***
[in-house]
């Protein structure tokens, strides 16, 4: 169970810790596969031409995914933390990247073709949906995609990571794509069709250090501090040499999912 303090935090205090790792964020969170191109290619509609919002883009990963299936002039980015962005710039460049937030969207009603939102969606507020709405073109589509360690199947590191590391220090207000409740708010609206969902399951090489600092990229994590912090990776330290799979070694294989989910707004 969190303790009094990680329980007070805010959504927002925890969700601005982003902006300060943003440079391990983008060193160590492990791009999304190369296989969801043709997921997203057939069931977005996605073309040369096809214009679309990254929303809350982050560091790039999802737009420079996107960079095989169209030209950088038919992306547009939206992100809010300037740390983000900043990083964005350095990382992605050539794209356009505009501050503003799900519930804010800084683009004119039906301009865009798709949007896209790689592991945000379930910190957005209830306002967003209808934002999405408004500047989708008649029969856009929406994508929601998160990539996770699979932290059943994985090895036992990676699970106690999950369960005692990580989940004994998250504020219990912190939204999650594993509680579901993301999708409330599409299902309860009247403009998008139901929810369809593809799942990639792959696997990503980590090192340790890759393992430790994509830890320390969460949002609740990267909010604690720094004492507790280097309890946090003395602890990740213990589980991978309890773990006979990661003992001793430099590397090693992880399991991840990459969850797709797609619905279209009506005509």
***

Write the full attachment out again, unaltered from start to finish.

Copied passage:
[in-house]
């Protein structure tokens, strides 16, 4: 169970810790596969031409995914933390990247073709949906995609990571794509069709250090501090040499999912 303090935090205090790792964020969170191109290619509609919002883009990963299936002039980015962005710039460049937030969207009603939102969606507020709405073109589509360690199947590191590391220090207000409740708010609206969902399951090489600092990229994590912090990776330290799979070694294989989910707004 969190303790009094990680329980007070805010959504927002925890969700601005982003902006300060943003440079391990983008060193160590492990791009999304190369296989969801043709997921997203057939069931977005996605073309040369096809214009679309990254929303809350982050560091790039999802737009420079996107960079095989169209030209950088038919992306547009939206992100809010300037740390983000900043990083964005350095990382992605050539794209356009505009501050503003799900519930804010800084683009004119039906301009865009798709949007896209790689592991945000379930910190957005209830306002967003209808934002999405408004500047989708008649029969856009929406994508929601998160990539996770699979932290059943994985090895036992990676699970106690999950369960005692990580989940004994998250504020219990912190939204999650594993509680579901993301999708409330599409299902309860009247403009998008139901929810369809593809799942990639792959696997990503980590090192340790890759393992430790994509830890320390969460949002609740990267909010604690720094004492507790280097309890946090003395602890990740213990589980991978309890773990006979990661003992001793430099590397090693992880399991991840990459969850797709797609619905279209009506005509």